As a species, humans are designed to love each other. Much of that love doesn’t transmit the same way from six feet apart, and the world is devastated. We’ve all grown morbidly obsessed with the coronavirus, in part because watching it ravage our people and health care systems feels like watching the world burn. But at a time of heightened awareness, it’s equally important to consider what we’re capable of when the spotlight’s averted.
As college students, we are trained to not just look, but to see. We’re trained to analyze, we’re trained to question. And everyone has the same ones in mind: How do we move on? What happens next?
We’re young. We’re bright. We’re curious. We want to help but we don’t know how because our hearts are broken. We recognize the tragedies happening around the world, but at the same time, it’s not selfish or naive to mourn time lost during such a formative period in our lives. Our lives are so rapid-fire that we grow restless and confused when compelled to put them on indefinite hold. We individually grieve in our timeless bubbles clutching coffee cups brimming with Merlot, and only escape our homes—fearful and masked—to buy groceries.
But while the flow of life is halted and we do our parts to flatten the curve, social distancing is having an astonishing unintended impact on our world. The polluted waters of the Venice canals have cleared up enough to see fish beneath the surface, and dolphins have returned to swim around the southern Italy island of Sardinia. In China, three months of lockdown have cut carbon emissions so dramatically that blue skies drape across its major manufacturing cities. In India, air quality has skyrocketed and the smog has lifted enough to reveal the Himalayan mountaintops for the first time in 30 years. And, despite being the epicenter of trauma in the United States, New York City is running out of dogs and cats to foster.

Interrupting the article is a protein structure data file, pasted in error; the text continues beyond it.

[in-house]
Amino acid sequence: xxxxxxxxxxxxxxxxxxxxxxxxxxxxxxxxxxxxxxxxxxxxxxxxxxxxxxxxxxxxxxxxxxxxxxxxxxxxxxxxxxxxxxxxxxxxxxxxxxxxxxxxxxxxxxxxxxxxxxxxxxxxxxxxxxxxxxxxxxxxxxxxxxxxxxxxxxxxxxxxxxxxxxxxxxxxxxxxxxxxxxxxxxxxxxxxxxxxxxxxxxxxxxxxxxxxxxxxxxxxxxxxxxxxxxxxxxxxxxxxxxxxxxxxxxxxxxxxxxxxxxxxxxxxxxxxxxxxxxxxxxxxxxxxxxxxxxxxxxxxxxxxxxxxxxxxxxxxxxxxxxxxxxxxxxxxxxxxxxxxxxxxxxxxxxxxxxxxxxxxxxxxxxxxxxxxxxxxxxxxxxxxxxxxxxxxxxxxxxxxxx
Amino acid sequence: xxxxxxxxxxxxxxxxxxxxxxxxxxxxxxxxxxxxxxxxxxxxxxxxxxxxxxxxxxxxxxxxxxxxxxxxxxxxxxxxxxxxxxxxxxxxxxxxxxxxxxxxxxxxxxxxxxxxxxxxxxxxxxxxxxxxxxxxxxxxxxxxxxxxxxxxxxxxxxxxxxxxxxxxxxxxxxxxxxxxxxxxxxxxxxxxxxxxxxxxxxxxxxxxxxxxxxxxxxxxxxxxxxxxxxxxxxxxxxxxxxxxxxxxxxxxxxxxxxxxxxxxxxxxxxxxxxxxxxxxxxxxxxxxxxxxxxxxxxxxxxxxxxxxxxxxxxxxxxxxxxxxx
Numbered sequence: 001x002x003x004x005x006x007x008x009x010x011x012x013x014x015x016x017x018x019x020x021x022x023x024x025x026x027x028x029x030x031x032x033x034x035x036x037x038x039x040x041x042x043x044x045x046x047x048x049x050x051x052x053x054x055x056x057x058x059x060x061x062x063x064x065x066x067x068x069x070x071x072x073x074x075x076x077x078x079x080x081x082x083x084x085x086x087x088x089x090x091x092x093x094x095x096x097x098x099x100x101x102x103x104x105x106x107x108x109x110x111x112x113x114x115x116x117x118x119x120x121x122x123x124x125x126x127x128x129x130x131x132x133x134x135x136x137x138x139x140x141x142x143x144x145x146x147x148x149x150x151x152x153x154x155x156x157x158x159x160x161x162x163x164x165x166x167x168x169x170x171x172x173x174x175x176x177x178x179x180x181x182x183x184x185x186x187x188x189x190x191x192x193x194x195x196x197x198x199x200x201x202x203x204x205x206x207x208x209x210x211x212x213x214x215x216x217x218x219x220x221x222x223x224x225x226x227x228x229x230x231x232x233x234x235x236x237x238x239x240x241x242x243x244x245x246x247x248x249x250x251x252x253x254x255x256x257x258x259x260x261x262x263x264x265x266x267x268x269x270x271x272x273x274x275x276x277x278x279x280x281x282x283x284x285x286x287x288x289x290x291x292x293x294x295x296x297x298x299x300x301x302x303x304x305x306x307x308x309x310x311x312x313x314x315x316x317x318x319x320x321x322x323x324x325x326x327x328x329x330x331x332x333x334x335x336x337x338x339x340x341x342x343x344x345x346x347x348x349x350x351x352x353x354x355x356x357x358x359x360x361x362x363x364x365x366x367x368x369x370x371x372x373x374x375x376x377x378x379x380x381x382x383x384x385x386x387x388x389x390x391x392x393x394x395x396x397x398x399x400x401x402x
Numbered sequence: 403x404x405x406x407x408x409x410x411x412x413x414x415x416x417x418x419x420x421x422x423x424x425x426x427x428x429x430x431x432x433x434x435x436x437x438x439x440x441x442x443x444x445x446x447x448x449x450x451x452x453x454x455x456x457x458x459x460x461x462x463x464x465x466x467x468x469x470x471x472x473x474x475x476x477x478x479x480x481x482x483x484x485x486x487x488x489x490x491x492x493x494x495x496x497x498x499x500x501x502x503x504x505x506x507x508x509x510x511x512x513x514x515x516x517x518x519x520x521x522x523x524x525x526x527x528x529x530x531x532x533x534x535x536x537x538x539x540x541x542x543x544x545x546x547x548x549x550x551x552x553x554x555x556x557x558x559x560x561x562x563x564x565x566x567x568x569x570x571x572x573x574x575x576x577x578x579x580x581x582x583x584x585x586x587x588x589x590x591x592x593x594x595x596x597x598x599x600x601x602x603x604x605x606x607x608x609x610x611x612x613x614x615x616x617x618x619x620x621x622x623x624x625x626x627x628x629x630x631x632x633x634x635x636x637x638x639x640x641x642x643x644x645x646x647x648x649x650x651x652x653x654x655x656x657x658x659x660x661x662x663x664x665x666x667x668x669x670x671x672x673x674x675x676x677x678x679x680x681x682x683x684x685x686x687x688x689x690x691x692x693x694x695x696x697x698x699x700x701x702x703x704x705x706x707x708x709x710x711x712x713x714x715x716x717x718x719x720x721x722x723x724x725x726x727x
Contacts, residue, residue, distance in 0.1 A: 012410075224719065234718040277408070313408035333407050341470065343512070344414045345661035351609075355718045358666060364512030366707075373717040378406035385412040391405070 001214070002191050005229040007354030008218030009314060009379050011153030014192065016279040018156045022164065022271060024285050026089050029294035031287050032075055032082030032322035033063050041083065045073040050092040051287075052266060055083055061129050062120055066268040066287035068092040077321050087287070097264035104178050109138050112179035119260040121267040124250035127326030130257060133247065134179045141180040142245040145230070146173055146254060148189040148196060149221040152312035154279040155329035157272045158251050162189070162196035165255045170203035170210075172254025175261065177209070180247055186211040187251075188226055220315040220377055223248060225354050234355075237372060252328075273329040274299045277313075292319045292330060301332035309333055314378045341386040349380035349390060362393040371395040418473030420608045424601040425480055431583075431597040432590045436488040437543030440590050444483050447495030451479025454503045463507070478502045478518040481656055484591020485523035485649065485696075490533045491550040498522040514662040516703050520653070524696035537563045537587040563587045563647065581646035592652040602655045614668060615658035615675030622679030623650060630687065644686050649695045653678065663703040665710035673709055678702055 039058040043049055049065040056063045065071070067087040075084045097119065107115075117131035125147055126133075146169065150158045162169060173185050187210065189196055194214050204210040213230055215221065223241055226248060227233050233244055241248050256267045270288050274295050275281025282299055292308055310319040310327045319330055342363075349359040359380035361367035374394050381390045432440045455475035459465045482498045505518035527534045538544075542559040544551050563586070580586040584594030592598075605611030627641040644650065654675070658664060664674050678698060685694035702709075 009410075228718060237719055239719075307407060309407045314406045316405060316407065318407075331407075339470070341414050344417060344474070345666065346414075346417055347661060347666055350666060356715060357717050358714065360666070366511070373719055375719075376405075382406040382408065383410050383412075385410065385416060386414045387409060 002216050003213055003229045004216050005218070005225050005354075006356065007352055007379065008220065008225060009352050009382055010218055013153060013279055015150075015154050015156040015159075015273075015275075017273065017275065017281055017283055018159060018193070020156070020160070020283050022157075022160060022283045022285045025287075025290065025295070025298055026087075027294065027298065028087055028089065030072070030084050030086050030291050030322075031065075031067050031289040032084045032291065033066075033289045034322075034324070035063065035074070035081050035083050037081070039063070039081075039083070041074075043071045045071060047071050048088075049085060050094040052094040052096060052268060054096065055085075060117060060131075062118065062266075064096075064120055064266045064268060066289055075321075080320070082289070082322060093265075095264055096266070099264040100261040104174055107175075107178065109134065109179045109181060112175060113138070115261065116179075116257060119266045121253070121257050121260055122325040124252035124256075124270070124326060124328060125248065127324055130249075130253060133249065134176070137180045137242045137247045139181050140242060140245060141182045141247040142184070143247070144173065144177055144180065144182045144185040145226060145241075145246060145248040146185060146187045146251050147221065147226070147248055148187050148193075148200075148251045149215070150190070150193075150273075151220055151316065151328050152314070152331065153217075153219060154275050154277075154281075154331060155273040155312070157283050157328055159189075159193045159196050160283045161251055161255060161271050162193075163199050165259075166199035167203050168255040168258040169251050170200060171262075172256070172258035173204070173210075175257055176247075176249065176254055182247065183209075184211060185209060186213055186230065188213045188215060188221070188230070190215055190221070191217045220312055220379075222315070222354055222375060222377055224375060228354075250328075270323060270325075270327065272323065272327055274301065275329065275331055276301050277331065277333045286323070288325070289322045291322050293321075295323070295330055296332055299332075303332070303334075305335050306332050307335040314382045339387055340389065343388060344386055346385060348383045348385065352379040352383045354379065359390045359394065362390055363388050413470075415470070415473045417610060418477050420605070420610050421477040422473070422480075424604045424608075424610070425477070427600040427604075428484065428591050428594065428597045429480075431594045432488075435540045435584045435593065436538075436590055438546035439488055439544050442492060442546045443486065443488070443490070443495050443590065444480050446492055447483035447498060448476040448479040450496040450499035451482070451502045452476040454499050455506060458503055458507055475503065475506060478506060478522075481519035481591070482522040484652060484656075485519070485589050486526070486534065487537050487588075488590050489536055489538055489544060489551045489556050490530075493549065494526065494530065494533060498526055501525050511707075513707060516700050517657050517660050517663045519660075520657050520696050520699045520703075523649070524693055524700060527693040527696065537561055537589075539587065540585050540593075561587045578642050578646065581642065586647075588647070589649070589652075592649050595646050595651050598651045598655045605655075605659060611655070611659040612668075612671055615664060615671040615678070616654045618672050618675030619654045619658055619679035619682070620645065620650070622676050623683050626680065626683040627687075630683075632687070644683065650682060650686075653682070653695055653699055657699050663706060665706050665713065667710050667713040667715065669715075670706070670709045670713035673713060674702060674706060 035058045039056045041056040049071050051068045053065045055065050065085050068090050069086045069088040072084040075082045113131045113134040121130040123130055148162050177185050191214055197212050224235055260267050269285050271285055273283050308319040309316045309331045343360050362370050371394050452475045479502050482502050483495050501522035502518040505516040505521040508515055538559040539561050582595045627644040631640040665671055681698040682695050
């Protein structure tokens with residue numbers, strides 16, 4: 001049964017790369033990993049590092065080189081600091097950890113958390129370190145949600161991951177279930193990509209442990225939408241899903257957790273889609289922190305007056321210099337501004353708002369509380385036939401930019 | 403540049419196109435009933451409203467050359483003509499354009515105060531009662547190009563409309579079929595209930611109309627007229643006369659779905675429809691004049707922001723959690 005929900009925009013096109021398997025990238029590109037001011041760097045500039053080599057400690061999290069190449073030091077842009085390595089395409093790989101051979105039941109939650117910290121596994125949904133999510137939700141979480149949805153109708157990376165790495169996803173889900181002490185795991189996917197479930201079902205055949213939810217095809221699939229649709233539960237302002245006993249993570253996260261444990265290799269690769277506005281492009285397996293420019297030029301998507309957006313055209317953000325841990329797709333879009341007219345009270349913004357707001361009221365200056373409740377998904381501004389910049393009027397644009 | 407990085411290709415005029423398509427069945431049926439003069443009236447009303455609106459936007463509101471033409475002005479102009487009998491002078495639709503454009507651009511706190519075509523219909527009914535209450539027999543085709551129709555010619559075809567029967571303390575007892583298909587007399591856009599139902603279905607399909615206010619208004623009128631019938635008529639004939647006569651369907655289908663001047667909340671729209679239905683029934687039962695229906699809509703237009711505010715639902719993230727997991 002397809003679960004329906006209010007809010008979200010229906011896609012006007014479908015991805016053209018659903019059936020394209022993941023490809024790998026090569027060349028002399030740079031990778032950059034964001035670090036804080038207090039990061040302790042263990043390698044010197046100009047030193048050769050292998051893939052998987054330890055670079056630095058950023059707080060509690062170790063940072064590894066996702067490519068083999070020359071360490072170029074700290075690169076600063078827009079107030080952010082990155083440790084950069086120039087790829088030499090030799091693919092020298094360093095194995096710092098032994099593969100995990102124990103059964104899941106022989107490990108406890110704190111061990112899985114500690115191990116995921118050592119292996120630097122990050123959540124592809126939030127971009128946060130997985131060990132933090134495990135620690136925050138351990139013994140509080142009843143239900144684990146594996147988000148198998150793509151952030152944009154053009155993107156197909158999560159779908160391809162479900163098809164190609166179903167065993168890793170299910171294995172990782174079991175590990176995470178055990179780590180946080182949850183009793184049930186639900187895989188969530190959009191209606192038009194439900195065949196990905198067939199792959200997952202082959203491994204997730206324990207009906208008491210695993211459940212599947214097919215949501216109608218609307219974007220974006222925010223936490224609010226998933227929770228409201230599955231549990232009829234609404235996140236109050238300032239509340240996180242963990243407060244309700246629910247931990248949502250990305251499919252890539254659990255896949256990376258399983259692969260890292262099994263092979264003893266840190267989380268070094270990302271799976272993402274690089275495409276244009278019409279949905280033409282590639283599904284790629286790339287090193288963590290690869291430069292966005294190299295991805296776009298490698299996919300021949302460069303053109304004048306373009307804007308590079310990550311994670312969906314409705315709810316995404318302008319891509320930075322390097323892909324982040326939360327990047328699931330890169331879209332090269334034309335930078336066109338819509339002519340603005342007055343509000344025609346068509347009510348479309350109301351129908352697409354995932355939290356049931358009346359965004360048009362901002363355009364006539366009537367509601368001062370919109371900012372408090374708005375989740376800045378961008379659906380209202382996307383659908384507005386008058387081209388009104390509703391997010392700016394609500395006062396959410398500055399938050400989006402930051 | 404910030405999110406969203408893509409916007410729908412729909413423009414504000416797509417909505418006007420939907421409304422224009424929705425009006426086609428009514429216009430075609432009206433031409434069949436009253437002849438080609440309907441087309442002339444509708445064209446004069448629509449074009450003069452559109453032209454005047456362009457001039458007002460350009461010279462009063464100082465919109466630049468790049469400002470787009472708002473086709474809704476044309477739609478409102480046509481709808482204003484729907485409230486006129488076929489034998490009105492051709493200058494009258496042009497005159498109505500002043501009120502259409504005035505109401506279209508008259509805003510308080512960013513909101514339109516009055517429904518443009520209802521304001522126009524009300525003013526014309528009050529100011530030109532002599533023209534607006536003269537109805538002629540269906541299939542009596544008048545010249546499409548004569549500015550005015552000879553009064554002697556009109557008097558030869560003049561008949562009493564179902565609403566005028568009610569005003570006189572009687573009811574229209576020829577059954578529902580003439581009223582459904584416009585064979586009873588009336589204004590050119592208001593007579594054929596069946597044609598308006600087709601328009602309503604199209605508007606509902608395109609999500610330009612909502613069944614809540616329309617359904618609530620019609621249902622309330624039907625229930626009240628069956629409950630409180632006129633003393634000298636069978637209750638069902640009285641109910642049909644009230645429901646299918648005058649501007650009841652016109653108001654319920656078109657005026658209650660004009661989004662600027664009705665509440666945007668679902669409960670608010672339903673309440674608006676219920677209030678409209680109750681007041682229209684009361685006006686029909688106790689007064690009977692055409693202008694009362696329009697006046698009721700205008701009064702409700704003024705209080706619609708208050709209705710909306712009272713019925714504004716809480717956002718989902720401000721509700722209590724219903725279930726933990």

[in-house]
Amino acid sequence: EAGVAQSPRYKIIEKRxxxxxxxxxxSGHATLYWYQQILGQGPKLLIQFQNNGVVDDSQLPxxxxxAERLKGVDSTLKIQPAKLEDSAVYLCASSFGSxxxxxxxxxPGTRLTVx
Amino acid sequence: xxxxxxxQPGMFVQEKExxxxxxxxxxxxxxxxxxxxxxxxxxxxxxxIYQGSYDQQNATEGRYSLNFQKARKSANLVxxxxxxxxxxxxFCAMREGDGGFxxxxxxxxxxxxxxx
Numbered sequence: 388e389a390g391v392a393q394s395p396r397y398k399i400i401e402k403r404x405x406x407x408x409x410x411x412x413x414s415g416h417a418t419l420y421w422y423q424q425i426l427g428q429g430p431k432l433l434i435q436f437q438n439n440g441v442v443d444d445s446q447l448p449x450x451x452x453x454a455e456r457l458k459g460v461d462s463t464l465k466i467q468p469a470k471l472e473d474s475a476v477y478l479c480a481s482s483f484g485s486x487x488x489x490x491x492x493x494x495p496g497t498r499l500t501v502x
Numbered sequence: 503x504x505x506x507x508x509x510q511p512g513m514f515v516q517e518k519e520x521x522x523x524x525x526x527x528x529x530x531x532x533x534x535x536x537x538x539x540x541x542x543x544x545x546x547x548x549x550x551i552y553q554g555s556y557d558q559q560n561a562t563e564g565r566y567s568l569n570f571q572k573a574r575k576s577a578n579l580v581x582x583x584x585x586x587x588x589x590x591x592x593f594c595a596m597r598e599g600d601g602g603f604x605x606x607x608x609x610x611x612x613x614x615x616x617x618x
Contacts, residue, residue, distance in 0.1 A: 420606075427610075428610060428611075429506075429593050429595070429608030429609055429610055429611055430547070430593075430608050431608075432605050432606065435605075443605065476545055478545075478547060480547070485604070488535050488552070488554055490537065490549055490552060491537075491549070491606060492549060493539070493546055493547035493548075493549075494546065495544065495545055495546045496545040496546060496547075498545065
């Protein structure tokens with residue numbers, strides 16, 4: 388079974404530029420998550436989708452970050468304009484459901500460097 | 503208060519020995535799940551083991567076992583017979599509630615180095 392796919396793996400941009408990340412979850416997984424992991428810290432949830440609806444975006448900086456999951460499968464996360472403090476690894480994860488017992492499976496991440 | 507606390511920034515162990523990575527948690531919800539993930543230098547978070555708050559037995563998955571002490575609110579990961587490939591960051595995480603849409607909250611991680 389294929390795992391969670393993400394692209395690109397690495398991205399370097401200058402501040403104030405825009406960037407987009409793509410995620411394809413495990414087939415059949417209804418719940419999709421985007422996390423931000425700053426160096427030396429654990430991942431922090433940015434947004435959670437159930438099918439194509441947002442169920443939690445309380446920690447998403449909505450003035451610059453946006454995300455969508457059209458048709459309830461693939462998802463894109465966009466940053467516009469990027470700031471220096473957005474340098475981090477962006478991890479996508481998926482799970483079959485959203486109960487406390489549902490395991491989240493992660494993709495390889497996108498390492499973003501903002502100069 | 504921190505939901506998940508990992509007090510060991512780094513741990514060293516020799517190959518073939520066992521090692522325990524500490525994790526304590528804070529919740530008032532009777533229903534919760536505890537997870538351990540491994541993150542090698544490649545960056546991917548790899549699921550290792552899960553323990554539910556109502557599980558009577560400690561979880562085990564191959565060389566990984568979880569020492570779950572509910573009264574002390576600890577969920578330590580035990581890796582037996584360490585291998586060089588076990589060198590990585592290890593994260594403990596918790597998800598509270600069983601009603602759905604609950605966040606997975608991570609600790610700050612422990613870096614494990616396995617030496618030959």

We’ve never come together more beautifully as a people than we have during this crisis, and our collective lullaby is nothing short of a war cry. We will not let go. Virtual events like the One World: Together At Home concert by Global Citizen on April 18th brought hundreds of artists from all over the world in a tribute to unity and our health care workers. The celebration of our holidays, like Easter and Passover, persists in the age of Zoom. Friends make birthday wishes and eat pizza together behind the windows of separate cars. Major retailers silently shift production over to ventilators and protective equipment. Driveways, sidewalks, and windows are generously covered in homemade craft rainbows to honor those who don’t have the luxury of staying home. And as we cheer for our frontliners at 7 PM, we remember that though they’ve been thrust into the limelight by this pandemic, they put their lives on the line each and every day—regardless of whether Covid-19 is present.
For the first time, as the roar of global traffic slows to a hum and our bedrooms morph into the first floor of Bapst, we’ve been given the unique opportunity to strip away the tightly-woven fabric of our lives. We are forced to confront questions head-on with brutal honesty: from where we seek comfort and happiness, and how to create little happies from scratch. Maybe happy is baked into a loaf of banana bread or spooned onto a glass of whipped coffee. Now, more than ever, it’s the little things that will save us. Embrace them.
So, what does this mean for our future? I don’t know. No one does.
The good news, though, is that we never have; we’ve operated our entire lives lacking insight towards the future. But I urge you to remember that once the traffic restarts, we will have the chance to grasp the silver lining from our Covid-19 storm cloud and run a marathon. We will have the capacity to make conscious choices that keep those dolphins near the coast of Italy, that maintain blue skies in China, in India, in the United States.
Humans are a dramatic species. Everything feels like the end of the world but so far, nothing has been. Much more importantly, we’re powerful in our resilience and adaptability. If this pandemic has taught our society anything, it’s that our world is so intricately connected that what affects some of us directly affects all of us. As our country gradually begins to reopen, we need to be as careful as ever in order to preserve an incredibly delicate ballet of survival—not just for ourselves, but for those around us. We will bang our pans, cling to our happies, sing our war cries.
And we will get through this.